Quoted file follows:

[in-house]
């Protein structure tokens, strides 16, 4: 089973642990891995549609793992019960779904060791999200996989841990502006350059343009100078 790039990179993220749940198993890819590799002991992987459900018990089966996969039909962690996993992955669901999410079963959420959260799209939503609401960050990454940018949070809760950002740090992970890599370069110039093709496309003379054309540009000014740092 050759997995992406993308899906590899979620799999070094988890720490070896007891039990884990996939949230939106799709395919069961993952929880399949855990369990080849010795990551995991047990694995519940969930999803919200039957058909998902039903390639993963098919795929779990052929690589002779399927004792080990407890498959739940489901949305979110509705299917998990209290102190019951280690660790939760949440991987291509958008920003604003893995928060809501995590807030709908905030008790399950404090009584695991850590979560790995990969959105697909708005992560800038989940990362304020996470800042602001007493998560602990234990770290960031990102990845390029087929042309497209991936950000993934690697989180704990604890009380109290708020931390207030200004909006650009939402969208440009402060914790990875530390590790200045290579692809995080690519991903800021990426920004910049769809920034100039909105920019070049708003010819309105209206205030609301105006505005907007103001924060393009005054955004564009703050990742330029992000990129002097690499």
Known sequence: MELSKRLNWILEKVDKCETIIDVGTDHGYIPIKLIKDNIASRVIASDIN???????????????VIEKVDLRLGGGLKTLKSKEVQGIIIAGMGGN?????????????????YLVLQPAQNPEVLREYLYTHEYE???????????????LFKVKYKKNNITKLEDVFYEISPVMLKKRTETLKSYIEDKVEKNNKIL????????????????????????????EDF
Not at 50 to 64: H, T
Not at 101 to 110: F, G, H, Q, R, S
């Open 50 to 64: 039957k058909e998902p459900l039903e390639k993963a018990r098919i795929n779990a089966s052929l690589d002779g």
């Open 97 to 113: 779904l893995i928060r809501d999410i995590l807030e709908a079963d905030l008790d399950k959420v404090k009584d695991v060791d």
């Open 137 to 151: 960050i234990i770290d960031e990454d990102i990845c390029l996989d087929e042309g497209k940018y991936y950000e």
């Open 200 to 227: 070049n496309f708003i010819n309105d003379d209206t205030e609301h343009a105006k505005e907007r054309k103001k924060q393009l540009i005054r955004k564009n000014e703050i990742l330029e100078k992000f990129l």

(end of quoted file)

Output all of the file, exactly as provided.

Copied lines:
[in-house]
């Protein structure tokens, strides 16, 4: 089973642990891995549609793992019960779904060791999200996989841990502006350059343009100078 790039990179993220749940198993890819590799002991992987459900018990089966996969039909962690996993992955669901999410079963959420959260799209939503609401960050990454940018949070809760950002740090992970890599370069110039093709496309003379054309540009000014740092 050759997995992406993308899906590899979620799999070094988890720490070896007891039990884990996939949230939106799709395919069961993952929880399949855990369990080849010795990551995991047990694995519940969930999803919200039957058909998902039903390639993963098919795929779990052929690589002779399927004792080990407890498959739940489901949305979110509705299917998990209290102190019951280690660790939760949440991987291509958008920003604003893995928060809501995590807030709908905030008790399950404090009584695991850590979560790995990969959105697909708005992560800038989940990362304020996470800042602001007493998560602990234990770290960031990102990845390029087929042309497209991936950000993934690697989180704990604890009380109290708020931390207030200004909006650009939402969208440009402060914790990875530390590790200045290579692809995080690519991903800021990426920004910049769809920034100039909105920019070049708003010819309105209206205030609301105006505005907007103001924060393009005054955004564009703050990742330029992000990129002097690499």
Known sequence: MELSKRLNWILEKVDKCETIIDVGTDHGYIPIKLIKDNIASRVIASDIN???????????????VIEKVDLRLGGGLKTLKSKEVQGIIIAGMGGN?????????????????YLVLQPAQNPEVLREYLYTHEYE???????????????LFKVKYKKNNITKLEDVFYEISPVMLKKRTETLKSYIEDKVEKNNKIL????????????????????????????EDF
Not at 50 to 64: H, T
Not at 101 to 110: F, G, H, Q, R, S
């Open 50 to 64: 039957k058909e998902p459900l039903e390639k993963a018990r098919i795929n779990a089966s052929l690589d002779g």
């Open 97 to 113: 779904l893995i928060r809501d999410i995590l807030e709908a079963d905030l008790d399950k959420v404090k009584d695991v060791d």
């Open 137 to 151: 960050i234990i770290d960031e990454d990102i990845c390029l996989d087929e042309g497209k940018y991936y950000e």
């Open 200 to 227: 070049n496309f708003i010819n309105d003379d209206t205030e609301h343009a105006k505005e907007r054309k103001k924060q393009l540009i005054r955004k564009n000014e703050i990742l330029e100078k992000f990129l």